The Meherangarh Fort is the largest fort in Rajasthan and easily the most interesting one with its museum, superb architecture and excellent views. The fort is well maintained and made more charming by locals who’re dressed in period costumes and offer on-the-spot performances of music or dance. The Umaid Bhawan Palace Museum is part-hotel, part-royal residence and part-museum which makes its fascinating to visit or stay in. The Rao Jodha Desert Rock Park is another interesting place to visit and to see the flora and fauna of the desert.

If you’re looking for fun, take the zipline tour over Jodhpur from the Meherangarh Fort and watch the blue city from the top.

Ranthambhore National Park and Mt Abu
If viewing palaces and forts up and down have given you a royal pain in the neck then don’t despair; Rajasthan has alternative options of places to see for people who are overwhelmed by royalty.

The Ranthambhore National Park is one of the best places to view tigers in Asia; though tigers are the most popular and most photographed animals here, the national park is also home to other animals like the jungle cat, leopard, hyena, wild buffalo and wild boar to mention a few. A forest that has history, for this was where Rajput princes conducted hunting rallies, a crumbling fort rising from the wilds and plenty of interesting wildlife with organized safari tours; that’s Ranthambhore for you.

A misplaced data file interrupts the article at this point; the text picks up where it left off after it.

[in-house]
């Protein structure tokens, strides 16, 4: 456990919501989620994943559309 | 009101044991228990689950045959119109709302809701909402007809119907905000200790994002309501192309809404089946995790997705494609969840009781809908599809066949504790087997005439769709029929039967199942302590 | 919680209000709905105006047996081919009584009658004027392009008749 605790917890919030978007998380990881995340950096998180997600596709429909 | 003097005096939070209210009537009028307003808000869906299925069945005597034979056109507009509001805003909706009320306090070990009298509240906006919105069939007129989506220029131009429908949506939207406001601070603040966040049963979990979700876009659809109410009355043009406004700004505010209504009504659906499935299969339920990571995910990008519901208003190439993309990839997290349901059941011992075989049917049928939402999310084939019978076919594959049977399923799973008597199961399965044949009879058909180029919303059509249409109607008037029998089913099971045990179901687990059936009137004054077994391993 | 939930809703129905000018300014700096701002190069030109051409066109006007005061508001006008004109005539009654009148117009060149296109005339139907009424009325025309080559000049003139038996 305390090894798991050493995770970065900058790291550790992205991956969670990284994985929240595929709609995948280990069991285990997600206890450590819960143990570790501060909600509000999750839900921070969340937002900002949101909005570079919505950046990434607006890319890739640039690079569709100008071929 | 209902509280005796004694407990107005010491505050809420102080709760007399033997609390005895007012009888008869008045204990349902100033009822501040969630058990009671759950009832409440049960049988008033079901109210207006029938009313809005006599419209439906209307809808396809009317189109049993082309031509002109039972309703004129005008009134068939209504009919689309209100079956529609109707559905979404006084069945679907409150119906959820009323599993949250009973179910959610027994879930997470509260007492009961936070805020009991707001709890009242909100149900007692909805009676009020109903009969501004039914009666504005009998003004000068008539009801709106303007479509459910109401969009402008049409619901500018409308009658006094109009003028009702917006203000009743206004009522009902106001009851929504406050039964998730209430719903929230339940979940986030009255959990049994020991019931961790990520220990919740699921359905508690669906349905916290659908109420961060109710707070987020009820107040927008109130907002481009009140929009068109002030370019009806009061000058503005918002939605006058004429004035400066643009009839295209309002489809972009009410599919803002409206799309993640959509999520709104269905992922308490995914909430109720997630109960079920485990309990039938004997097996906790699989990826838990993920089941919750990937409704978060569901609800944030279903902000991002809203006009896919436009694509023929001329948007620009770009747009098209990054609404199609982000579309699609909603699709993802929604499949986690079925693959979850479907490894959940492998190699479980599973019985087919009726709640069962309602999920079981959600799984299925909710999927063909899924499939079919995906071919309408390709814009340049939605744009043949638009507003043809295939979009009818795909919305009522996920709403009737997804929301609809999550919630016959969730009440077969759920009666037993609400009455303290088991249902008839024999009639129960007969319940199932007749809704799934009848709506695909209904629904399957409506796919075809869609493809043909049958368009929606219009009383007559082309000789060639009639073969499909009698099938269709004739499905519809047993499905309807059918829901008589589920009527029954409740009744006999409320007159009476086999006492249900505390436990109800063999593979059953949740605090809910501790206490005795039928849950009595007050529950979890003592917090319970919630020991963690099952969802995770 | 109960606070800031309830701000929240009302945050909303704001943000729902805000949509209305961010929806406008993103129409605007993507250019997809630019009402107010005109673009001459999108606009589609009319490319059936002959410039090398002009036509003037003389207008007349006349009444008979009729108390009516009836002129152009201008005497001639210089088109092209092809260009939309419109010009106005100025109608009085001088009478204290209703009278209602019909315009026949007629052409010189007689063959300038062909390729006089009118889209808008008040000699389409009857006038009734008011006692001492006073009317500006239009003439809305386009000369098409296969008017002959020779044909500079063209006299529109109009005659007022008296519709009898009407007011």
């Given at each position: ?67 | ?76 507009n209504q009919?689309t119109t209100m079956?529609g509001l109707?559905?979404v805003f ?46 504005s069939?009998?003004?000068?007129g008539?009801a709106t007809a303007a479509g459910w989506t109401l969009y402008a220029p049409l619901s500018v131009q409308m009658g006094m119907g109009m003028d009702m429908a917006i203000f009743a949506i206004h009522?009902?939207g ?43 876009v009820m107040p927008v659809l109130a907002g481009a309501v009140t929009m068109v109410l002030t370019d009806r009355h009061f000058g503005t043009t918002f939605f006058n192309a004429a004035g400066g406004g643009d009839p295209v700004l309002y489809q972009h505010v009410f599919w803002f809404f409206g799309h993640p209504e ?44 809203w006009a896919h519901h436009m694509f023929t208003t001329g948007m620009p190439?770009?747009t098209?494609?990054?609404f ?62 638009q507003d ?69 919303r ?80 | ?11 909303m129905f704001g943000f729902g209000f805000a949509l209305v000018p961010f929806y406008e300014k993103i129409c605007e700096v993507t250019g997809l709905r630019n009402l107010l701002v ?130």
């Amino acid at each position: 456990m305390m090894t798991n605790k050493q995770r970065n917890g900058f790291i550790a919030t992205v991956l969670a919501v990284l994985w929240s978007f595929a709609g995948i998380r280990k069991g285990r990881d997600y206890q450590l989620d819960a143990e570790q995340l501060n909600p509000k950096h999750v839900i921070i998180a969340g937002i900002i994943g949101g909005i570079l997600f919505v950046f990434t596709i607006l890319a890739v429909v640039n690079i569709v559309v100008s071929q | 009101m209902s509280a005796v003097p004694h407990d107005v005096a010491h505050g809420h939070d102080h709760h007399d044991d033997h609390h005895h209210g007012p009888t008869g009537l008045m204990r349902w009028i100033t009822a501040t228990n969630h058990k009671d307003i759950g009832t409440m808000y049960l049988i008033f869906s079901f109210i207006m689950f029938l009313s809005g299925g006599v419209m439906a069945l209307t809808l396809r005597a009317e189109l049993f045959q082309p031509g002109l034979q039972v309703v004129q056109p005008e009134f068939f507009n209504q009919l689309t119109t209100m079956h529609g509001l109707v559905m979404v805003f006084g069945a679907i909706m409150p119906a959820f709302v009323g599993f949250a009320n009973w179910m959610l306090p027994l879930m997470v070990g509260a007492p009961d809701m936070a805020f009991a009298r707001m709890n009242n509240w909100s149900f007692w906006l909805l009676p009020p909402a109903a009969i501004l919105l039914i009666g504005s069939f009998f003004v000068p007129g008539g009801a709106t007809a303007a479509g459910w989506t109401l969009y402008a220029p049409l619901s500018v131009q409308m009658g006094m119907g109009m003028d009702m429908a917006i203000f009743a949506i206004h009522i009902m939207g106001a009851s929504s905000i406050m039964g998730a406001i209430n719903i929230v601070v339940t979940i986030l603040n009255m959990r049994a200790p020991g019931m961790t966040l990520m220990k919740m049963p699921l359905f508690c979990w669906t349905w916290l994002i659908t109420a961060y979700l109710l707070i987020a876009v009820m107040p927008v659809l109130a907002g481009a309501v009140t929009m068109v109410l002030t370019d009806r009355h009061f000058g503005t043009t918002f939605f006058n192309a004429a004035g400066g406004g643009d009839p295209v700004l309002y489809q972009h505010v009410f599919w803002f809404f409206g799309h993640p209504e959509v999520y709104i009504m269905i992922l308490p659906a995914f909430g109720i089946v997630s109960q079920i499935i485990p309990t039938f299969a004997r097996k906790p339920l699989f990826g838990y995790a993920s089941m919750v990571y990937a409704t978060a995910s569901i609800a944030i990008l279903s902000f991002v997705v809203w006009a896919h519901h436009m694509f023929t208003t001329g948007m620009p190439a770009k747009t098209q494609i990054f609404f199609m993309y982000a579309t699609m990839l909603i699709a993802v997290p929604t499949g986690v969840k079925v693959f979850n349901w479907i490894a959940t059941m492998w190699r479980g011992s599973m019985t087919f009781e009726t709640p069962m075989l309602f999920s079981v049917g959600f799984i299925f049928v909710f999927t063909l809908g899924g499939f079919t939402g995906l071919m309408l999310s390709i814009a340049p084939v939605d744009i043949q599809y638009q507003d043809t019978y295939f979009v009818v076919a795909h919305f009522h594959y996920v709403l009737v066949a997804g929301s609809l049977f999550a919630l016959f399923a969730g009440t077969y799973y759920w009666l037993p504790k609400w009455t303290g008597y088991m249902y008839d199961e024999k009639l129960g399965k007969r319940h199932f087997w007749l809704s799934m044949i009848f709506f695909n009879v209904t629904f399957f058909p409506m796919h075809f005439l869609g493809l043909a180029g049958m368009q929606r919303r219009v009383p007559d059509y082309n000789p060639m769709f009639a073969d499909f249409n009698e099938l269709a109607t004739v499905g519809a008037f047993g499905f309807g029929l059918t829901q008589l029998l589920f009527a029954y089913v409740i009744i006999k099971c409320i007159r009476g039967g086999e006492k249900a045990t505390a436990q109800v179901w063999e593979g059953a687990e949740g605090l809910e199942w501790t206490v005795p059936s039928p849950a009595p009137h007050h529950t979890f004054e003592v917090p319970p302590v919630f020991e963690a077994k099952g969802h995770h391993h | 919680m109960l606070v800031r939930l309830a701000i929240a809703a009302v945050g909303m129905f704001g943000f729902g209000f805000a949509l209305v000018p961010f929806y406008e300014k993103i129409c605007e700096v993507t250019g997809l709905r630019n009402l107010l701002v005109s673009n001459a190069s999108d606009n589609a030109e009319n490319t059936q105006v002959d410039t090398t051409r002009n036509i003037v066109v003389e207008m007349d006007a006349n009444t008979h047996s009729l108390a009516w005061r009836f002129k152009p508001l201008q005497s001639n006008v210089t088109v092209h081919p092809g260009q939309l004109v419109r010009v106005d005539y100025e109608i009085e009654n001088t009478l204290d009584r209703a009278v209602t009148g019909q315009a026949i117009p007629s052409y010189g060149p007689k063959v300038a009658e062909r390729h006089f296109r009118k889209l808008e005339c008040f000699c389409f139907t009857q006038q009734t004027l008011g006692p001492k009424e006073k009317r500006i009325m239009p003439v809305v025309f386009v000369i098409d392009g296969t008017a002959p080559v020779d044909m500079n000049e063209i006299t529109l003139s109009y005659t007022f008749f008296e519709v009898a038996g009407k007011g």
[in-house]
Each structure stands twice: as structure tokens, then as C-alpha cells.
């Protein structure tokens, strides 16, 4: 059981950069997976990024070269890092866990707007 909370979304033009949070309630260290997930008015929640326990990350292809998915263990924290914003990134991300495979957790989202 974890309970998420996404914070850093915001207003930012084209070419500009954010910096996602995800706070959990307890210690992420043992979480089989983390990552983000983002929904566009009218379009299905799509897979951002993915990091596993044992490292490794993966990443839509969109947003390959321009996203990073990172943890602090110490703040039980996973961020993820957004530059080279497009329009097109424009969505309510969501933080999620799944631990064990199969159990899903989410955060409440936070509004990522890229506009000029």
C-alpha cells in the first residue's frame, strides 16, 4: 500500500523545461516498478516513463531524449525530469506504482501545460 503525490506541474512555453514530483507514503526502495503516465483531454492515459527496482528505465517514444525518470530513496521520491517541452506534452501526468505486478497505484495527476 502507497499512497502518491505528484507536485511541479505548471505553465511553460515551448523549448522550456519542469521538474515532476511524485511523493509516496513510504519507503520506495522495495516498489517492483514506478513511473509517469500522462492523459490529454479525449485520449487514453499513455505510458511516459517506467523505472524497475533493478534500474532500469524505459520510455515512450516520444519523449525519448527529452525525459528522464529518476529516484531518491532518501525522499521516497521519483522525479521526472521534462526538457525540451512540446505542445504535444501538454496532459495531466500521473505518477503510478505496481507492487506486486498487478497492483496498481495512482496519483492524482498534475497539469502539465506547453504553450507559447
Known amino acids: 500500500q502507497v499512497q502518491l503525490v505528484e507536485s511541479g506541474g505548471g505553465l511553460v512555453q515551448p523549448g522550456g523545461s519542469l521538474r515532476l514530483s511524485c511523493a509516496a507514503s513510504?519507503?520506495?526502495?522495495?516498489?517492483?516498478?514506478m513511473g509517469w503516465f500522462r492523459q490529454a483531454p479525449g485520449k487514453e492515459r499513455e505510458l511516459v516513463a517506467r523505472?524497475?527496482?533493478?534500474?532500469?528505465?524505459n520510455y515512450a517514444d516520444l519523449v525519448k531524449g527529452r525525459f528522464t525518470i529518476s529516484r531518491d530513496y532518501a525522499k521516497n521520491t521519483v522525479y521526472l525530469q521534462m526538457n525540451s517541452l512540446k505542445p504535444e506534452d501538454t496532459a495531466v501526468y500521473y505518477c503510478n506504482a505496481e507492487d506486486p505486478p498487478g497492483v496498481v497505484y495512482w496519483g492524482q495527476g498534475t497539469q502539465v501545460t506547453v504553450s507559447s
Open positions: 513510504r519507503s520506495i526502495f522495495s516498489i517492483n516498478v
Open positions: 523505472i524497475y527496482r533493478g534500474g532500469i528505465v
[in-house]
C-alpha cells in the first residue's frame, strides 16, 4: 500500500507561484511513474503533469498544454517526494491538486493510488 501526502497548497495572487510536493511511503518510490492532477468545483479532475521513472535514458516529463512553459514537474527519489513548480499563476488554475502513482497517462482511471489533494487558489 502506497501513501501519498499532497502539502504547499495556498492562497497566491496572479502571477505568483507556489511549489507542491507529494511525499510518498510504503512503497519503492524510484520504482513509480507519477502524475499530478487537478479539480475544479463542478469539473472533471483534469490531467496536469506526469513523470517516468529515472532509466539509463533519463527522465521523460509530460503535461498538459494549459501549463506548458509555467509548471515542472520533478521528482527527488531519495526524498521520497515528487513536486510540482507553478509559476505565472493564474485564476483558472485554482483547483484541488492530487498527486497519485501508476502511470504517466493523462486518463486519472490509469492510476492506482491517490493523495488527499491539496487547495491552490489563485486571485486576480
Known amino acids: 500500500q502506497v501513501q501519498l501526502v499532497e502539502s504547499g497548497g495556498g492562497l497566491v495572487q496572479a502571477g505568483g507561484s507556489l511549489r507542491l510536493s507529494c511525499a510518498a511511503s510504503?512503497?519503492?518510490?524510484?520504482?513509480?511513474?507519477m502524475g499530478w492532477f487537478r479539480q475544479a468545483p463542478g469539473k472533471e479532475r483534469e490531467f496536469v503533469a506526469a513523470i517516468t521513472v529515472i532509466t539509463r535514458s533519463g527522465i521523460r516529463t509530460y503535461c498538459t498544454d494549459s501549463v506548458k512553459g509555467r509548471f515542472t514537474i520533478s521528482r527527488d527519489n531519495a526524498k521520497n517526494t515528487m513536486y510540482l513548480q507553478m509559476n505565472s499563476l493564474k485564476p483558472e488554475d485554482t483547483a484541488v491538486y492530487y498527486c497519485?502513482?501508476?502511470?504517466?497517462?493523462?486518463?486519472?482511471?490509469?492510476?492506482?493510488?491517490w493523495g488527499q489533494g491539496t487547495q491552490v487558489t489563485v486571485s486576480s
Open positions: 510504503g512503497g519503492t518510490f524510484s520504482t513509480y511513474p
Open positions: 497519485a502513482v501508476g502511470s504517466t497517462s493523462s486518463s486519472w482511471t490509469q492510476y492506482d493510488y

Mount Abu is the only hill station in Rajasthan, and considering the substantial heat that the state takes during summer, a much needed resort town. Of course, this was the summer retreat for Rajasthani royals and the hill station has its own monuments like the Achalgarh Fort built in the 14th century. The Dilwara Jain Temples built between the 11th and 13th century, are lovely to visit with their beautiful white façade. If you’re feeling spiritual, visit the headquarters of the Brahmakumari Samaj in Mount Abu and watch their demonstrations on spirituality.

Advice from real travelers while visiting Rajasthan